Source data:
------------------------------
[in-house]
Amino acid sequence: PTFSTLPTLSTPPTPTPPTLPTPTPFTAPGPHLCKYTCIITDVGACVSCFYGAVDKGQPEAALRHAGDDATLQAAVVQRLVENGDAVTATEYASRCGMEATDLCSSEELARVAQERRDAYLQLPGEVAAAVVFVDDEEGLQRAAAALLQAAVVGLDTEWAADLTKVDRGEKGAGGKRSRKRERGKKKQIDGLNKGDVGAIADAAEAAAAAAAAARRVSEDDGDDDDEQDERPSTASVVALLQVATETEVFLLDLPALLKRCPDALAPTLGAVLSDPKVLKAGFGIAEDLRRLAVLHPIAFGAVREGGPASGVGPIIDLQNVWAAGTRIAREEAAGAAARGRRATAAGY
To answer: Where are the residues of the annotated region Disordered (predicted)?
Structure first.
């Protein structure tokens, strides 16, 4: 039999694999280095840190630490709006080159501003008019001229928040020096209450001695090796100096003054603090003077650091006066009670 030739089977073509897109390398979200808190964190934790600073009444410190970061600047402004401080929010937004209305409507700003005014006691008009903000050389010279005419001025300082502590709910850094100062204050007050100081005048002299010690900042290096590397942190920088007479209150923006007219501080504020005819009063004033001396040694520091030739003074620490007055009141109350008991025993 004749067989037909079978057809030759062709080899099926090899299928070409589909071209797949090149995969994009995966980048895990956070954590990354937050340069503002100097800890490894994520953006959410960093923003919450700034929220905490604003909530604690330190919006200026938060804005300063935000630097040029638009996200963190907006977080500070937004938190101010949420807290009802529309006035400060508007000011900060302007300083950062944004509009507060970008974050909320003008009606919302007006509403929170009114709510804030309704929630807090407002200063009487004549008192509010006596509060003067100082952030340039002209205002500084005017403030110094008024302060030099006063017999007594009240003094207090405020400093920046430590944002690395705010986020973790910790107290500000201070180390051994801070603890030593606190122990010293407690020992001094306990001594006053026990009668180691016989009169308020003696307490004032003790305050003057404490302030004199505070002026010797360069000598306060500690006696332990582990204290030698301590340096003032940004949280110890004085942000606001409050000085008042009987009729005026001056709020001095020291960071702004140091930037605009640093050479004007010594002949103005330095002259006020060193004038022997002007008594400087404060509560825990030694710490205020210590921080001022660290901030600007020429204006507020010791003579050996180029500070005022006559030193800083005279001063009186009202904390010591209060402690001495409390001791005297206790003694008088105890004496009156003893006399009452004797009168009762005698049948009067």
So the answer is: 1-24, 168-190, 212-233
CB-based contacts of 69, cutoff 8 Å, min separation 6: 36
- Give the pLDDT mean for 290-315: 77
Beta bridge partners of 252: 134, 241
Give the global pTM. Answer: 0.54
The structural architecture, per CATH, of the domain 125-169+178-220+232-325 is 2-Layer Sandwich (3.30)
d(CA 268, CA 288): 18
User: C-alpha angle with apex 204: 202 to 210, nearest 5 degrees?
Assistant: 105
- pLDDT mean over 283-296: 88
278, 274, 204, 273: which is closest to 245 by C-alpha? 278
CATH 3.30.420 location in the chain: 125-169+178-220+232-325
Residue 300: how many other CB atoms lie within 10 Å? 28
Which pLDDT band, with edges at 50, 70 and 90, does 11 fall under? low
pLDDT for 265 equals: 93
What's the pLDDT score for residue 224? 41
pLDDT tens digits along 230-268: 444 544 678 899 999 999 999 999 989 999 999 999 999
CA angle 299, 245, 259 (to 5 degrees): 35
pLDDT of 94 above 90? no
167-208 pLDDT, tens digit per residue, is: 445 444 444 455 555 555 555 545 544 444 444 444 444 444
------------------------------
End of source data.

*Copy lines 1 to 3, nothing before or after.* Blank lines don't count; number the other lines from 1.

[in-house]
Amino acid sequence: PTFSTLPTLSTPPTPTPPTLPTPTPFTAPGPHLCKYTCIITDVGACVSCFYGAVDKGQPEAALRHAGDDATLQAAVVQRLVENGDAVTATEYASRCGMEATDLCSSEELARVAQERRDAYLQLPGEVAAAVVFVDDEEGLQRAAAALLQAAVVGLDTEWAADLTKVDRGEKGAGGKRSRKRERGKKKQIDGLNKGDVGAIADAAEAAAAAAAAARRVSEDDGDDDDEQDERPSTASVVALLQVATETEVFLLDLPALLKRCPDALAPTLGAVLSDPKVLKAGFGIAEDLRRLAVLHPIAFGAVREGGPASGVGPIIDLQNVWAAGTRIAREEAAGAAARGRRATAAGY
To answer: Where are the residues of the annotated region Disordered (predicted)?